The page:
Slice of Life
From the South China Morning Post this week in: 1925
Some exceedingly interesting sport was enjoyed at the meet on December 6 of the Fanling Drag Hunt. Assembling at Dr Pierce Grove's bungalow at 8am, members had an uninterrupted run from the foothills of Mr de Silva's bungalow to the boundary of the seventh tee of the golf course. Moving off to fresh ground, the hounds gave tongue and ran without check to the kill behind Mr P.C. Potts' bungalow.
At another meet in the afternoon at the Kennels, the drag was laid down the steeplechase course that crossed the river and skirted the Punjabi camp back to the kennels. A large number of the Mounted Section of the Hongkong Volunteer Defence Corps, who have their ponies stabled at Fanling, were present at the hunt.
Not since the Gold Rush in 1849 has America witnessed such a concerted flow of people into any state as is happening now in Florida, where a great real estate boom is in full swing. A hundred thousand tourists and settlers are putting up with the inconvenience and hardship of camp life owing to the unparalleled housing shortage. Camps encircle the cities. For example, 11,000 people are living in tents near Miami and preparations are being made for an additional 20,000 to 30,000 this winter.
On December 11, news was received in the Colony of the death of Hung Shao-lin, the anti-Red Cantonese general who was wounded by a member of the crew of the SS President Pierce. General Hung was on the American liner when a servant from the purser's department entered his cabin and fired three shots. The assailant attempted to commit suicide but was arrested. General Hung was well known in Hongkong as one of General Kwang-ming's chief lieutenants. The general some months ago narrowly escaped when a bomb was thrown at him in Kowloon City.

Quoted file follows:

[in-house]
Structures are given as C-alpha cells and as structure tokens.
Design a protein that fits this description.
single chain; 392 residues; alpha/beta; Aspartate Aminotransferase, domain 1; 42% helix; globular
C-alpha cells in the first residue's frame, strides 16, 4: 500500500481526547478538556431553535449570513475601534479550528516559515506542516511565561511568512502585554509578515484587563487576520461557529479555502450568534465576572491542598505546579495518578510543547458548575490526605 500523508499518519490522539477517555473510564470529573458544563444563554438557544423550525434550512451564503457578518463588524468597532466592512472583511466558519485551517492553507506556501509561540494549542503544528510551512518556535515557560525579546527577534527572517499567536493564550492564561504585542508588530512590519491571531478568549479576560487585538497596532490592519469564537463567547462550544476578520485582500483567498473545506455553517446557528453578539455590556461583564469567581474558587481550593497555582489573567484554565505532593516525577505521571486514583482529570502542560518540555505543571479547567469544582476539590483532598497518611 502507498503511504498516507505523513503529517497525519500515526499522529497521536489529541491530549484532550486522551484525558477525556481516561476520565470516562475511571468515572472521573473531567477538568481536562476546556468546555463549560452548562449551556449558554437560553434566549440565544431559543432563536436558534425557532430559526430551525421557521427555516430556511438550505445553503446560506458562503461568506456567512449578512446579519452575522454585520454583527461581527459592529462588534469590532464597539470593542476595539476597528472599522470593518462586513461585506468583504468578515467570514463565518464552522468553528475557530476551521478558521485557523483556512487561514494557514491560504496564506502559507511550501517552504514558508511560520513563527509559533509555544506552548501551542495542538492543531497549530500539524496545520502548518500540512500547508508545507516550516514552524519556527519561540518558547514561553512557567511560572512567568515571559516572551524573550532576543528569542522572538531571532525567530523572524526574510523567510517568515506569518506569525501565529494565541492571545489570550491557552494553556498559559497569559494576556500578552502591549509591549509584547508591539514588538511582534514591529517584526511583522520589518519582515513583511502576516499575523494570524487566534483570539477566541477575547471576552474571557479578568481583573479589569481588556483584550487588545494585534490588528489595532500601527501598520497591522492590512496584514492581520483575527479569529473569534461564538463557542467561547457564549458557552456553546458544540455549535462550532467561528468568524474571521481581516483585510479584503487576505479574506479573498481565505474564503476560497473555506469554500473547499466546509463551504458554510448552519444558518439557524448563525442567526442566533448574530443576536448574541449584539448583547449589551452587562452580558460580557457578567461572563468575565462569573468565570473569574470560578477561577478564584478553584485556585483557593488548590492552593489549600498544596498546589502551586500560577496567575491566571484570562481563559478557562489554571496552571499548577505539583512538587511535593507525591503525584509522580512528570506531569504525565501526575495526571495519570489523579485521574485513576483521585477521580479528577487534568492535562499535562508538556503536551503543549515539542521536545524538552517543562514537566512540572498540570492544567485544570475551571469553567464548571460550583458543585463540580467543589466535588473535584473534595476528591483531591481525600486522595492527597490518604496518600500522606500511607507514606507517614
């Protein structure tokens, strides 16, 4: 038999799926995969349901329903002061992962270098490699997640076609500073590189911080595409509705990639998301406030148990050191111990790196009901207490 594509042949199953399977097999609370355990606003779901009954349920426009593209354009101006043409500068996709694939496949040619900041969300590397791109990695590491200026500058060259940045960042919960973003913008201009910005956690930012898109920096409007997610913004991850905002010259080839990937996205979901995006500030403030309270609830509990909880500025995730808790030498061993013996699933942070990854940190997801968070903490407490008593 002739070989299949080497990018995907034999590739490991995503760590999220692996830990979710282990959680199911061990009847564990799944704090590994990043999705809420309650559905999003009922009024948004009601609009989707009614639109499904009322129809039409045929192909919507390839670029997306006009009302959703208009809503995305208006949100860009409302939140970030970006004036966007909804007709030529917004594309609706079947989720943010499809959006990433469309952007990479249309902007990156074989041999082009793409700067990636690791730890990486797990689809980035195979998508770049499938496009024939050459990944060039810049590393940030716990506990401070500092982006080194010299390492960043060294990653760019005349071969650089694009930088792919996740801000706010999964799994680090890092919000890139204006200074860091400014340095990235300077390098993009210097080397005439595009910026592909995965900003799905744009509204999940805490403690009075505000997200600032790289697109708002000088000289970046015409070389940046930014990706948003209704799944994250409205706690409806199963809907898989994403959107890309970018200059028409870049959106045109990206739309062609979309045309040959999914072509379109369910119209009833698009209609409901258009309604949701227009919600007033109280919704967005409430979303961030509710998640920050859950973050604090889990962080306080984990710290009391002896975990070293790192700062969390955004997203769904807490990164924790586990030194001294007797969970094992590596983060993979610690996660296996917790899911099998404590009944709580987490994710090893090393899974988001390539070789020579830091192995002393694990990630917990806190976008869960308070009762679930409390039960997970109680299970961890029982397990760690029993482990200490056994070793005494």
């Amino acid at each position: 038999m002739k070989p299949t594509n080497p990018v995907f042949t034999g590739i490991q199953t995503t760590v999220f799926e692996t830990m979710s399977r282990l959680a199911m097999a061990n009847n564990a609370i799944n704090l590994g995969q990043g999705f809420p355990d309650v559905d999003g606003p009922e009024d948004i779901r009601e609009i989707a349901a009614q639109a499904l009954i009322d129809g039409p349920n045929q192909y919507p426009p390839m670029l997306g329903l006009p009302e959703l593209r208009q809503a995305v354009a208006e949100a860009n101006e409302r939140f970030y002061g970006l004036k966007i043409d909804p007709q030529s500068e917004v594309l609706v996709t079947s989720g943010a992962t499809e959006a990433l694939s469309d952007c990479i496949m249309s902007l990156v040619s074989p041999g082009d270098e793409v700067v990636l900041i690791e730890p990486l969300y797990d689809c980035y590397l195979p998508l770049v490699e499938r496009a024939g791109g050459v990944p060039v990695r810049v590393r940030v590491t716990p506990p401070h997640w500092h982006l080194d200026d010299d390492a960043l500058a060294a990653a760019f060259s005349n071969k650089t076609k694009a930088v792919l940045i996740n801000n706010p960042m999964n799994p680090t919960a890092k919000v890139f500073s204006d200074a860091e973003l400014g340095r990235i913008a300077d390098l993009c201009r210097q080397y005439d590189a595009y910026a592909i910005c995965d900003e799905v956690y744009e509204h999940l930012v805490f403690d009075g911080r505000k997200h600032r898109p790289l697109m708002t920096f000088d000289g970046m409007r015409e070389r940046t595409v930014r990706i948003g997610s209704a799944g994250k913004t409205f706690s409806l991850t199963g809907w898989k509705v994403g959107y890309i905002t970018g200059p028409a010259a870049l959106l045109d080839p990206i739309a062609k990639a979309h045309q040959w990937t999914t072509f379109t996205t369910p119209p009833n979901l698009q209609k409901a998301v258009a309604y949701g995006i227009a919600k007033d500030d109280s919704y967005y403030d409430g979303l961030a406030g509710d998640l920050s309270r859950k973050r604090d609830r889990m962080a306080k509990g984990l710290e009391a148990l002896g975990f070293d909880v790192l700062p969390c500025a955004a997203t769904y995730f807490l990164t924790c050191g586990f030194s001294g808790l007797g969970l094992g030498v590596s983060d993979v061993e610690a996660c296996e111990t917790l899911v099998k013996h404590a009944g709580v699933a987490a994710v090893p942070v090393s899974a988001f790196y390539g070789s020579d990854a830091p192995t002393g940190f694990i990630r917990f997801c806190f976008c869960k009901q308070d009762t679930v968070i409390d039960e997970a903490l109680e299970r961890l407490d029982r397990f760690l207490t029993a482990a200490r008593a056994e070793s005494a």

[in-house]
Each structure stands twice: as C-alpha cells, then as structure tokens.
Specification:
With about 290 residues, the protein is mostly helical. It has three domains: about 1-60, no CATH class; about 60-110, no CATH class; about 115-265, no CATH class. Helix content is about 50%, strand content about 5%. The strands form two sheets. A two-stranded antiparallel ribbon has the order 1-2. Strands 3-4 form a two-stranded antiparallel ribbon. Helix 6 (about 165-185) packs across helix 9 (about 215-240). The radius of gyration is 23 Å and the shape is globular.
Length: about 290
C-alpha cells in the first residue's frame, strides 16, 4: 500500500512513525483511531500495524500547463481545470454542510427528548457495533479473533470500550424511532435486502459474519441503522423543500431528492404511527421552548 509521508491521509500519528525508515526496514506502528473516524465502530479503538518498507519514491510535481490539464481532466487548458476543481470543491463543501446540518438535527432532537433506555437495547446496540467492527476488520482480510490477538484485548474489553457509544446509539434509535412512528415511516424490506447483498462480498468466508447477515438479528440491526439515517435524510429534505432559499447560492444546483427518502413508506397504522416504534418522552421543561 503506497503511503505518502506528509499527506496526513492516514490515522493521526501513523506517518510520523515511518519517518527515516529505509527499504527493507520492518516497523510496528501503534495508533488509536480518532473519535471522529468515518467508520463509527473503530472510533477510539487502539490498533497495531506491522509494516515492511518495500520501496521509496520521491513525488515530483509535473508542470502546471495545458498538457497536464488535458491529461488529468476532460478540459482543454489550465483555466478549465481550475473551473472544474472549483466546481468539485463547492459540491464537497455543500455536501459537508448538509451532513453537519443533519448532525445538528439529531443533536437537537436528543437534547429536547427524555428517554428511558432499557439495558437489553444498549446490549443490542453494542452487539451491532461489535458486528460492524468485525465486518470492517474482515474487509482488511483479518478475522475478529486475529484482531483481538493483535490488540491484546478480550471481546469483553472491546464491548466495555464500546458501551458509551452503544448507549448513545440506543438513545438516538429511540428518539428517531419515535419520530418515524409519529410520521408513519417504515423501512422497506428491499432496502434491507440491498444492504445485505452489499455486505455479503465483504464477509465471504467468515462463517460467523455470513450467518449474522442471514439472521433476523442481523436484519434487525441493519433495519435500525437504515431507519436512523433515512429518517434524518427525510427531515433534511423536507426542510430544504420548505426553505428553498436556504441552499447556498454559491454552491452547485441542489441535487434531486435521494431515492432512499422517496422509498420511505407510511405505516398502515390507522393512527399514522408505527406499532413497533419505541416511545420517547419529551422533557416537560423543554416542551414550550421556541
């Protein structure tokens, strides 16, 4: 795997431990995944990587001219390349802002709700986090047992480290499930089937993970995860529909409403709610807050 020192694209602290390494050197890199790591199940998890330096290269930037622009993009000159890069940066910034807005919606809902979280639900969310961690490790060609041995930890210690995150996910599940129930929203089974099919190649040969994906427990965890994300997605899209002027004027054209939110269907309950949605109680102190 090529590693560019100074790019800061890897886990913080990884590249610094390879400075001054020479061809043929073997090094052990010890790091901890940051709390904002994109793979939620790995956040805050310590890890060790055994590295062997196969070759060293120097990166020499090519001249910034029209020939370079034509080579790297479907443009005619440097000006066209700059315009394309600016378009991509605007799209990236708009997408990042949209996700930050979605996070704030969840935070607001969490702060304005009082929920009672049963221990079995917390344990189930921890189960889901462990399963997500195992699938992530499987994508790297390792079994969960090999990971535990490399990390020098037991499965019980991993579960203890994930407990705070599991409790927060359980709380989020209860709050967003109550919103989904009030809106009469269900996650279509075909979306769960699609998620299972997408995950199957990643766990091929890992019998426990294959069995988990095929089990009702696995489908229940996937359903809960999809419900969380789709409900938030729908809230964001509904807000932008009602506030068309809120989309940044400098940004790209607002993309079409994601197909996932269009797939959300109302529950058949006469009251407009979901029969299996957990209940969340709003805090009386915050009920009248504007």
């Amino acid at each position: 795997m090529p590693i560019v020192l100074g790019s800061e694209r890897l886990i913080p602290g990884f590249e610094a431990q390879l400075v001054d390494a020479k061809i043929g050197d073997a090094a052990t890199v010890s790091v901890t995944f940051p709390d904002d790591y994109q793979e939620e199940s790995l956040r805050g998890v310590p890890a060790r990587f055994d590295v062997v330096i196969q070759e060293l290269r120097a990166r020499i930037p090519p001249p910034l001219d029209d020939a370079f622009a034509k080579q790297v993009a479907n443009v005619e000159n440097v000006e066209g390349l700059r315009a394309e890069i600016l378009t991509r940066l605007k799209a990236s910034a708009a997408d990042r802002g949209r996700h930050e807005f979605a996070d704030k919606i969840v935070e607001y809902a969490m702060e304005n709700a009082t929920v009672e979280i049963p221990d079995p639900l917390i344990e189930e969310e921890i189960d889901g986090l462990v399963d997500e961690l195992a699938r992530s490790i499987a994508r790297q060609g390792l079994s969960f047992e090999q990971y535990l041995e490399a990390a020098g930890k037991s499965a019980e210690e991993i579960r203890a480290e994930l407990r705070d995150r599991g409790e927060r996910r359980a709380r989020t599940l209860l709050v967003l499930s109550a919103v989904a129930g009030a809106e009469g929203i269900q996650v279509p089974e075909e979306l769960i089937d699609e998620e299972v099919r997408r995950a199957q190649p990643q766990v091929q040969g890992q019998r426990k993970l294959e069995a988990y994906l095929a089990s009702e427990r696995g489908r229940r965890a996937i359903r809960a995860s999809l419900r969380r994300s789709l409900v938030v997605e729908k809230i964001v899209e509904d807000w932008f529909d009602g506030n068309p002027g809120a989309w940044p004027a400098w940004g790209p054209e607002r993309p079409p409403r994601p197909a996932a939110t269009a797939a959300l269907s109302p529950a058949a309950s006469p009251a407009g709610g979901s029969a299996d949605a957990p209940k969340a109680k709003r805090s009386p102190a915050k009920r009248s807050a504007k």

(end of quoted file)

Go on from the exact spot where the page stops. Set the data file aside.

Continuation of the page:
The American Safety Council came to the conclusion that 'if the wife gives hubby a few kisses and a good breakfast before he starts out in the morning in his automobile, he will be less likely to meet with an accident'. A further conclusion says that soggy toast and bad coffee cause more accidents than careless driving, or at least they are prime factors. A man who starts off in the mornings, whether to an office or a factory, with the taste of burned toast and weak coffee in the mouth, and without any wifey caress to encourage him in his day's work, is likely to leave the house grumpy and preoccupied. No statistics were given to prove such conclusions.
On December 12, a new public safety measure was introduced. Anyone wishing to ride a motorcycle will have to undergo an examination. Before this measure came into force, anyone could ride a motorcycle without a licence. Two days ago, a Chinese youth was tested in the Central Police Station compound. He rode a Harley Davidson machine and had to follow an officer, who put him through various manoeuvres. Demonstrations of the dangers of skidding and how to manoeuvre in traffic-crowded streets were given.
For the third time in the history of Japanese horsemanship, a man has ridden up the long steep stairway of the Atagoyama Shrine. Toshita Iwaki, who rode the 90 feet high stairway with an incline of about 60 degrees, made the return trip without injury to himself or his horse. The first man to complete the feat was samurai Heikuro Magaki, in 1706. Another did the same 150 years later.
The SS President Jackson, which arrived in Hongkong two days ago, brought an unusually heavy consignment of Christmas mail for the Far East - no less than 8,000 bags for China, Japan and the Philippines. The SS President McKinley, however, will be the real Christmas ship, as she sailed from Victoria on November 23 and is due here on the 14th and in Manila on the 17th. The President Jackson carried 160 Chinese passengers returning for the New Year's festivities.